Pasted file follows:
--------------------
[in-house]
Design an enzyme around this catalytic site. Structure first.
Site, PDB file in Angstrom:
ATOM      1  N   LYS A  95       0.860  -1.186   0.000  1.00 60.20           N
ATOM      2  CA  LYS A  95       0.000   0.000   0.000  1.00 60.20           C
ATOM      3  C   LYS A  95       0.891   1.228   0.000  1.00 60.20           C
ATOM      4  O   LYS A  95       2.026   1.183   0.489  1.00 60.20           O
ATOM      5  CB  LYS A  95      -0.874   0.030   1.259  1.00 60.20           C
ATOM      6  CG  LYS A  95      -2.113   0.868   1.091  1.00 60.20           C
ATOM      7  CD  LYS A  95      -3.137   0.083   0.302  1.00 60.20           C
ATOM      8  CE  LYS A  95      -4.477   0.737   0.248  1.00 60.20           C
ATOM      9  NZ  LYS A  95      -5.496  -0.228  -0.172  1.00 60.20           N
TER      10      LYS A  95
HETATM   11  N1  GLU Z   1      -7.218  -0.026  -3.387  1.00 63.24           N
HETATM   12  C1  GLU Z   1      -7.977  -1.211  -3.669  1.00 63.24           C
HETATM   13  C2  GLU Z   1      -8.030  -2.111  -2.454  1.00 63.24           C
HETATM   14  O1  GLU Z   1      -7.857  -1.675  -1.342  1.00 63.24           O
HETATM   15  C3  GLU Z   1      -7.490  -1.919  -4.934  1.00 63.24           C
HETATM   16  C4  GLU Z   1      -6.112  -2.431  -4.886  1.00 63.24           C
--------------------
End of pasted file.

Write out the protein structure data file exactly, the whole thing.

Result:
[in-house]
Design an enzyme around this catalytic site. Structure first.
Site, PDB file in Angstrom:
ATOM      1  N   LYS A  95       0.860  -1.186   0.000  1.00 60.20           N
ATOM      2  CA  LYS A  95       0.000   0.000   0.000  1.00 60.20           C
ATOM      3  C   LYS A  95       0.891   1.228   0.000  1.00 60.20           C
ATOM      4  O   LYS A  95       2.026   1.183   0.489  1.00 60.20           O
ATOM      5  CB  LYS A  95      -0.874   0.030   1.259  1.00 60.20           C
ATOM      6  CG  LYS A  95      -2.113   0.868   1.091  1.00 60.20           C
ATOM      7  CD  LYS A  95      -3.137   0.083   0.302  1.00 60.20           C
ATOM      8  CE  LYS A  95      -4.477   0.737   0.248  1.00 60.20           C
ATOM      9  NZ  LYS A  95      -5.496  -0.228  -0.172  1.00 60.20           N
TER      10      LYS A  95
HETATM   11  N1  GLU Z   1      -7.218  -0.026  -3.387  1.00 63.24           N
HETATM   12  C1  GLU Z   1      -7.977  -1.211  -3.669  1.00 63.24           C
HETATM   13  C2  GLU Z   1      -8.030  -2.111  -2.454  1.00 63.24           C
HETATM   14  O1  GLU Z   1      -7.857  -1.675  -1.342  1.00 63.24           O
HETATM   15  C3  GLU Z   1      -7.490  -1.919  -4.934  1.00 63.24           C
HETATM   16  C4  GLU Z   1      -6.112  -2.431  -4.886  1.00 63.24           C